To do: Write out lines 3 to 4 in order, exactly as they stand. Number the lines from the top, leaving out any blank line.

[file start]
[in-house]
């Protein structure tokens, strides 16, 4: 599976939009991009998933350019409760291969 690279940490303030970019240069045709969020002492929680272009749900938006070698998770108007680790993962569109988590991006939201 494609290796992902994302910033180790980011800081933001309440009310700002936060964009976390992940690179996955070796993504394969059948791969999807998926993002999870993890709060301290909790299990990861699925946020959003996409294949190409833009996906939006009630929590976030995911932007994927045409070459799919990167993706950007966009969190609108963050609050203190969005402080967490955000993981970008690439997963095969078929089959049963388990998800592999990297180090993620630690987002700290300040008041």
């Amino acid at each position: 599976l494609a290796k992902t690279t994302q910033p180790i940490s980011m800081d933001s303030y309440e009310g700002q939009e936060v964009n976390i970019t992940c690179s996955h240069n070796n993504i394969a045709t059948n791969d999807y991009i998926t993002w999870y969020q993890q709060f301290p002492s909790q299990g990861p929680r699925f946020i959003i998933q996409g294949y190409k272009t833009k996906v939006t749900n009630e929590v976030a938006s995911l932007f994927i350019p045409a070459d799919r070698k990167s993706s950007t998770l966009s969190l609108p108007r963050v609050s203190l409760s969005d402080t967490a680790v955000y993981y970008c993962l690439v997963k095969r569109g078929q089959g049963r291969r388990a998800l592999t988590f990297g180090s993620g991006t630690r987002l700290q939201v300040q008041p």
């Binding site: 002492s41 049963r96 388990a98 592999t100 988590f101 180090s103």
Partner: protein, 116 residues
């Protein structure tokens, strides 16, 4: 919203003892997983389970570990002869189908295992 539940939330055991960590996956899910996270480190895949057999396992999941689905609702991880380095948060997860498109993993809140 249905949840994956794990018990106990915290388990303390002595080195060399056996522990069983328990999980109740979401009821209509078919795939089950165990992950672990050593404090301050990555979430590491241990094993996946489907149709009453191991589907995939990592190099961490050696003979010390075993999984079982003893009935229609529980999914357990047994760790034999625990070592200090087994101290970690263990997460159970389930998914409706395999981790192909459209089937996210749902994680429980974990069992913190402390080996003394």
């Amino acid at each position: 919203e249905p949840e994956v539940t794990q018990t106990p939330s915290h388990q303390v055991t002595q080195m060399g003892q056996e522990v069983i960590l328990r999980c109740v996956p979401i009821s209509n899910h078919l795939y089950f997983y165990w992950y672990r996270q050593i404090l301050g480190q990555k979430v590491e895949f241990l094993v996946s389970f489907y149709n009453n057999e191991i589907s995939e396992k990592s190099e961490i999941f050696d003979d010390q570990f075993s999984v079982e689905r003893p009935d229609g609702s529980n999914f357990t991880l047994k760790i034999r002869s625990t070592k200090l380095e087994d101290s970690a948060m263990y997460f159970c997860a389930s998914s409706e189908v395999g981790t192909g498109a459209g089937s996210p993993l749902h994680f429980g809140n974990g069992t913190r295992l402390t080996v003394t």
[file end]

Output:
């Amino acid at each position: 599976l494609a290796k992902t690279t994302q910033p180790i940490s980011m800081d933001s303030y309440e009310g700002q939009e936060v964009n976390i970019t992940c690179s996955h240069n070796n993504i394969a045709t059948n791969d999807y991009i998926t993002w999870y969020q993890q709060f301290p002492s909790q299990g990861p929680r699925f946020i959003i998933q996409g294949y190409k272009t833009k996906v939006t749900n009630e929590v976030a938006s995911l932007f994927i350019p045409a070459d799919r070698k990167s993706s950007t998770l966009s969190l609108p108007r963050v609050s203190l409760s969005d402080t967490a680790v955000y993981y970008c993962l690439v997963k095969r569109g078929q089959g049963r291969r388990a998800l592999t988590f990297g180090s993620g991006t630690r987002l700290q939201v300040q008041p």
């Binding site: 002492s41 049963r96 388990a98 592999t100 988590f101 180090s103």